SPECIAL TIMES PRIMARY SCHOOL ASSEMBLIES. By Mike Dew. Eagle Publishing #163;19.95
RICH PICKINGS ASSEMBLY STORIES FOR PRIMARY SCHOOLS. By Ian Addis. Anglia Young Books #163;7.50 each (three books)
As a complement to spiral-bound hymn books, here is a batch of spiral-bound assembly books newly wired by two retired headteachers willing to share their experience of going over the top every morning on the compulsory act of worship front.
Special Times is more or less a diary of Mike Dew's assembly-taking years.As you read through each suggestion, you know that they will work, not only because Dew has clearly tested them, but because they are presented in such a way that you can adopt them as your own. This is such a relief. Surely, like me, you have struggled with twee words and gauche activities in assembly books that probably needed the author's presence to breathe life into them? Dew's initial chapters of suggestions are consequently preferred to the worked examples.
His approach is open, questioning and inclusive, which has enabled him to persuade even Jehovah Witness parents that his assemblies were for them.Dew is so transparently honest that you have to believe him, although Witnesses are usually stubbornly resistant to ploys of this kind. My only carp is that this rather rough-and-ready publishing screams out for some decent editing. Some of the sentences have more slashes in them than a joint of porka Laura Ashley sale pricean Arthur Rackham fairy skirt.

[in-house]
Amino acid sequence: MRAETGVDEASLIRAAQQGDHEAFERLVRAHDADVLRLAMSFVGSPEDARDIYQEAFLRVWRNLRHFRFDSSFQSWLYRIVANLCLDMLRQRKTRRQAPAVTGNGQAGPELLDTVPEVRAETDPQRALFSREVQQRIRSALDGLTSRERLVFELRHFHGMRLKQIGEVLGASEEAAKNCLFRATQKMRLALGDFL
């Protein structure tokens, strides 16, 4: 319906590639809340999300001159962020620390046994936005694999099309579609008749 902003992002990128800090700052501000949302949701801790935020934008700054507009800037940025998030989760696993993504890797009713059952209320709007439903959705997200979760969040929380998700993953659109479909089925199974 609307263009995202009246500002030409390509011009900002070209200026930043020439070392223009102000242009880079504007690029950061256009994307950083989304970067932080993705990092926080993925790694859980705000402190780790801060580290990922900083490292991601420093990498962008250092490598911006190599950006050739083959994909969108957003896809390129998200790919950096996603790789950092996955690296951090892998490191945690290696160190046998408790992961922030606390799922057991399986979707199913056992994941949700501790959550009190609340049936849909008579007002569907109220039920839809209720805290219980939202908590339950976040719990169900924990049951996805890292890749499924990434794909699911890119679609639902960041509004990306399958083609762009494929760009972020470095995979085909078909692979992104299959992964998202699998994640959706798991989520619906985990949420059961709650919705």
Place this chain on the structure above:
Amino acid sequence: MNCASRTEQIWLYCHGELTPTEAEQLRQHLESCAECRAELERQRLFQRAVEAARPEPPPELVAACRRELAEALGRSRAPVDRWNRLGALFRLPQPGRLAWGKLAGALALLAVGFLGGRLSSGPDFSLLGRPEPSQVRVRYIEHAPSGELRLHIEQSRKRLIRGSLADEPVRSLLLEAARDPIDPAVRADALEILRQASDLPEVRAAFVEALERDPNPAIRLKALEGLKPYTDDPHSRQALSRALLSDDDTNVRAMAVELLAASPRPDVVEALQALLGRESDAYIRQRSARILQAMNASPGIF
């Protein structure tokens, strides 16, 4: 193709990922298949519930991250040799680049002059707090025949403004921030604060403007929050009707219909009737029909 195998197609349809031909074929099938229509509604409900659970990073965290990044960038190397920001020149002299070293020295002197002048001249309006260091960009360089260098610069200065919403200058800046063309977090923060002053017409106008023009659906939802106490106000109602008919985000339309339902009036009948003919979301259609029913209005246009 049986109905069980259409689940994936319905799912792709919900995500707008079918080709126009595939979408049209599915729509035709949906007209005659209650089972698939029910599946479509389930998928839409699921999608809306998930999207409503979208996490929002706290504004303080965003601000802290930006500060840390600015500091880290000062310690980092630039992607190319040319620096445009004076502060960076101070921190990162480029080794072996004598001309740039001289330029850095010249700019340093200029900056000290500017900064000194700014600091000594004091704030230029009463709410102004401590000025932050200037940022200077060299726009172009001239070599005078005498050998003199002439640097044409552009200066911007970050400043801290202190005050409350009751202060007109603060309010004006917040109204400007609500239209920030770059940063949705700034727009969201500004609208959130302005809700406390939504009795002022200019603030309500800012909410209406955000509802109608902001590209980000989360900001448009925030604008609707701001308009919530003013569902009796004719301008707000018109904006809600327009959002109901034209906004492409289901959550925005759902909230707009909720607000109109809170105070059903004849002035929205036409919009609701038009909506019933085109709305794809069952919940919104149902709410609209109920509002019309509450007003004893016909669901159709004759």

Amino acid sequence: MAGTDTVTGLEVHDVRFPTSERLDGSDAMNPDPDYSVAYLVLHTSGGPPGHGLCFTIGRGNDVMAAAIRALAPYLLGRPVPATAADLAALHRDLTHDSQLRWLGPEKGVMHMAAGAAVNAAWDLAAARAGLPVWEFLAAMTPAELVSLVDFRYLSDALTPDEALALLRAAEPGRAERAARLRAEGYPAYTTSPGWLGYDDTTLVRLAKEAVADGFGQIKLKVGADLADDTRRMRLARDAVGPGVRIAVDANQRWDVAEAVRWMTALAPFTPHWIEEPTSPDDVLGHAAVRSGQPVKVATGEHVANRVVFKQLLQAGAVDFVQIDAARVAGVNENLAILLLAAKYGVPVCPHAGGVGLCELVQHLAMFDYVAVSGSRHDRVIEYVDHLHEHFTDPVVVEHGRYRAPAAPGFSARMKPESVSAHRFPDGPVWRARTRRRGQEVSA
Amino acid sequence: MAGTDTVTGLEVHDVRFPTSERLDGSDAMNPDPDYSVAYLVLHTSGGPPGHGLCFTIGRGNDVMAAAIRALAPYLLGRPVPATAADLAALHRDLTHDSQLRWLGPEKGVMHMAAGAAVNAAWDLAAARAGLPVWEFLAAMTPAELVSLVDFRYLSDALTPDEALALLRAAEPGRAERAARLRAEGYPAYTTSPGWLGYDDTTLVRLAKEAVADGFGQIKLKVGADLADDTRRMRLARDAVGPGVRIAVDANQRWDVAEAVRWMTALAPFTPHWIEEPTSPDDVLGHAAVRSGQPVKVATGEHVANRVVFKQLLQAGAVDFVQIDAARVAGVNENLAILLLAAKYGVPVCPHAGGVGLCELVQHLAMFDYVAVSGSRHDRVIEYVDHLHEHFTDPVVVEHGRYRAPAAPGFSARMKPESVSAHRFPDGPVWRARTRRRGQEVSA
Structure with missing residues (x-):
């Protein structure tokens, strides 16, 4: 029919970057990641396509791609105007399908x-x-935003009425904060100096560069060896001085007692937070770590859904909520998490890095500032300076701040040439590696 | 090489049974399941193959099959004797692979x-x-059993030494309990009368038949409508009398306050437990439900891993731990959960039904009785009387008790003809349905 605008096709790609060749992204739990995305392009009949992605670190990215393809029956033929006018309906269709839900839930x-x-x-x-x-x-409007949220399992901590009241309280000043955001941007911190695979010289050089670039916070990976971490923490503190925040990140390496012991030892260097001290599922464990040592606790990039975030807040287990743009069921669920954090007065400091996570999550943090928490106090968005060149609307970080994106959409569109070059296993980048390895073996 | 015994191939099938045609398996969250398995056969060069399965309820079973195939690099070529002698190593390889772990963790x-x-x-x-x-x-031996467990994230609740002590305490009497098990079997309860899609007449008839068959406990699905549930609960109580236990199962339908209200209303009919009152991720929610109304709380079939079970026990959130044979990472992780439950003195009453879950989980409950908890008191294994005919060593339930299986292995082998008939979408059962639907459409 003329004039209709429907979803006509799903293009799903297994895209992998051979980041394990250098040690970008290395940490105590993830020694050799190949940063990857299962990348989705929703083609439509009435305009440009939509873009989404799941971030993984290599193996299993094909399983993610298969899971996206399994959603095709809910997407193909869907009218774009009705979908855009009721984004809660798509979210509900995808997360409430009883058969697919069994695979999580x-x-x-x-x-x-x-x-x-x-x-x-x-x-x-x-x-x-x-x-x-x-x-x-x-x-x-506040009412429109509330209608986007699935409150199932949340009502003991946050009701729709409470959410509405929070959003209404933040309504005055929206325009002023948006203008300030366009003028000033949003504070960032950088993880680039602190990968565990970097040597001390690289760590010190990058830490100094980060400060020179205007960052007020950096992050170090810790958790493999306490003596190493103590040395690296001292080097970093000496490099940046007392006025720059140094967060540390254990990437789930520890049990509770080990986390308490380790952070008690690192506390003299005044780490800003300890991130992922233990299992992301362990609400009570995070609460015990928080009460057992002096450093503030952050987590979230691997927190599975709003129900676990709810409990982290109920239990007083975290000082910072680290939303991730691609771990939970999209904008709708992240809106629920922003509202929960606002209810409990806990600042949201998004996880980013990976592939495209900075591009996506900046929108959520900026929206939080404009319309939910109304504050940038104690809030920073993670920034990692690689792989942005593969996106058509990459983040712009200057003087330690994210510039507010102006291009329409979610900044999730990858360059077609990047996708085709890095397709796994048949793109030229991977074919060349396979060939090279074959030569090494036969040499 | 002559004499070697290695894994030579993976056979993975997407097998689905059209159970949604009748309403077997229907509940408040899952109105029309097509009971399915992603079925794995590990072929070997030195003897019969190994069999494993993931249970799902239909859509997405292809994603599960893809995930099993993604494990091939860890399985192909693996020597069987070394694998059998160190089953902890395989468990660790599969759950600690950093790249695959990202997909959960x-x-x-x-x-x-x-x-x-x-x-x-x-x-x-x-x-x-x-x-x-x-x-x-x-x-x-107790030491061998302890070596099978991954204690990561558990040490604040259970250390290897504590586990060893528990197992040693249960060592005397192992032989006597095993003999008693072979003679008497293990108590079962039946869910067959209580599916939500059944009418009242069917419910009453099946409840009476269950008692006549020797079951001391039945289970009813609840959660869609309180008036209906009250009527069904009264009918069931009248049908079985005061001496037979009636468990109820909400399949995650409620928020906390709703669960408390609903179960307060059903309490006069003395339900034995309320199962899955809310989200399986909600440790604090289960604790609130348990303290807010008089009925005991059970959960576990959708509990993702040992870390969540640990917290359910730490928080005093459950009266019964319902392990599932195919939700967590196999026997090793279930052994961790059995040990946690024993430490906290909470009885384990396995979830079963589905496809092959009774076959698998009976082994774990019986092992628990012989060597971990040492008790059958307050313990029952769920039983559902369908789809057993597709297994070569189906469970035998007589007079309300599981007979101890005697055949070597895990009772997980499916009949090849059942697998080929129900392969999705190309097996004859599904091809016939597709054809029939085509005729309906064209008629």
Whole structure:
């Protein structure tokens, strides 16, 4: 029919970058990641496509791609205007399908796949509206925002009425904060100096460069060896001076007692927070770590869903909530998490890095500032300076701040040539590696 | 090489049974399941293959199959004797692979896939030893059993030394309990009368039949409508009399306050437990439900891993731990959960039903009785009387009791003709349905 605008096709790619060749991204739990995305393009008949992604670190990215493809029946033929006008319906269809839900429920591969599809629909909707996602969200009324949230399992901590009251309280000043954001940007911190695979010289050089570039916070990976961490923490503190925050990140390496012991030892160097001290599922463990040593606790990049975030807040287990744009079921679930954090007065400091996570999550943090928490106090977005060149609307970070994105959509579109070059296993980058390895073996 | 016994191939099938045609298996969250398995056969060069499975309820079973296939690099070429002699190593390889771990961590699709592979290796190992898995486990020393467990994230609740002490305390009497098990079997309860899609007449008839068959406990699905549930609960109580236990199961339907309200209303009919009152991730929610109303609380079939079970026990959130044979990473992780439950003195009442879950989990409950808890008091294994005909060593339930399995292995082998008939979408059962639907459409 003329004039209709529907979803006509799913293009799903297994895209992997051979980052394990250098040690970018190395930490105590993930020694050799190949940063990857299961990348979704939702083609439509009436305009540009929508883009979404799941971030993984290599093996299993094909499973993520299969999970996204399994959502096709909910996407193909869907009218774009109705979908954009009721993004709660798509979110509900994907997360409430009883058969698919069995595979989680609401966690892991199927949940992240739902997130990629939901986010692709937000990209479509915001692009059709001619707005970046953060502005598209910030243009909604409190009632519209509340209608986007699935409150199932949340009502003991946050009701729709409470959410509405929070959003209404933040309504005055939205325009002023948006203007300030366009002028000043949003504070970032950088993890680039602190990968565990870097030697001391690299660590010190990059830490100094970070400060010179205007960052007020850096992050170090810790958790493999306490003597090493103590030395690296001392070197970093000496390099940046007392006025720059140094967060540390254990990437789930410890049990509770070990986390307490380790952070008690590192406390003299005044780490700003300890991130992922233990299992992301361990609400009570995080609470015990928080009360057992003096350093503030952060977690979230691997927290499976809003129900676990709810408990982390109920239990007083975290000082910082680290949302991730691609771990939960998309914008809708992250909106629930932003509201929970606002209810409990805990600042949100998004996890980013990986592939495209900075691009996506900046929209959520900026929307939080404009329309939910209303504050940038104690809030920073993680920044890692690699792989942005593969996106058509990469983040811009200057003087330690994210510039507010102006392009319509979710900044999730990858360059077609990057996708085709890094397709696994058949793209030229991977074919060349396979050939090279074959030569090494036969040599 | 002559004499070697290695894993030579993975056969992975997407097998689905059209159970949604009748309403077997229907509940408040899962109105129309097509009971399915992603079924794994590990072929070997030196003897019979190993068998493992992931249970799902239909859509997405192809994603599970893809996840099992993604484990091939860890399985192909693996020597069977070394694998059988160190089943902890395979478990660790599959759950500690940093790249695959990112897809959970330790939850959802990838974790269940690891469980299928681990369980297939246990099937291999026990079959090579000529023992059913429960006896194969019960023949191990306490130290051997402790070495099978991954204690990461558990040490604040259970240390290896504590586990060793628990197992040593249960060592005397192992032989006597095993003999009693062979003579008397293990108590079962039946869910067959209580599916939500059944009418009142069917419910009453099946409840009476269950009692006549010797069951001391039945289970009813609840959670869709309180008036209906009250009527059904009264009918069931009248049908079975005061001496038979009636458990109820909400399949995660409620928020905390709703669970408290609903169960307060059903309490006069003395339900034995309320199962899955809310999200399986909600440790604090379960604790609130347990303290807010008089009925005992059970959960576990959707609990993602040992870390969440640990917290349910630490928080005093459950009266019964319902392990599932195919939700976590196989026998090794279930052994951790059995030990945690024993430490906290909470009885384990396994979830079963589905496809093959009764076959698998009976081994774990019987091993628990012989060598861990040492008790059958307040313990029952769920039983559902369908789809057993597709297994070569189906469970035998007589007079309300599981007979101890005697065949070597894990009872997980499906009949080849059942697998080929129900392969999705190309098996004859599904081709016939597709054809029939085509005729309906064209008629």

Ian Addis's modern parables are about Kelly and Gary and Dilip and Wesley and name calling and wearing the wrong trousers and caring for a pet and New Year's resolutions, and so on. The extensive use of short sentences endows them with a breathless quality. You can, however, walk into an assembly, open the book at the chosen page, read the story, ask the questions, iterate the thought for the day, sing the selected song (optional) and exit - mission accomplished.
On the other hand, if you are not happy with the words or the style of writing, you will feel as uncomfortable as if you had walked into assembly in a tutu.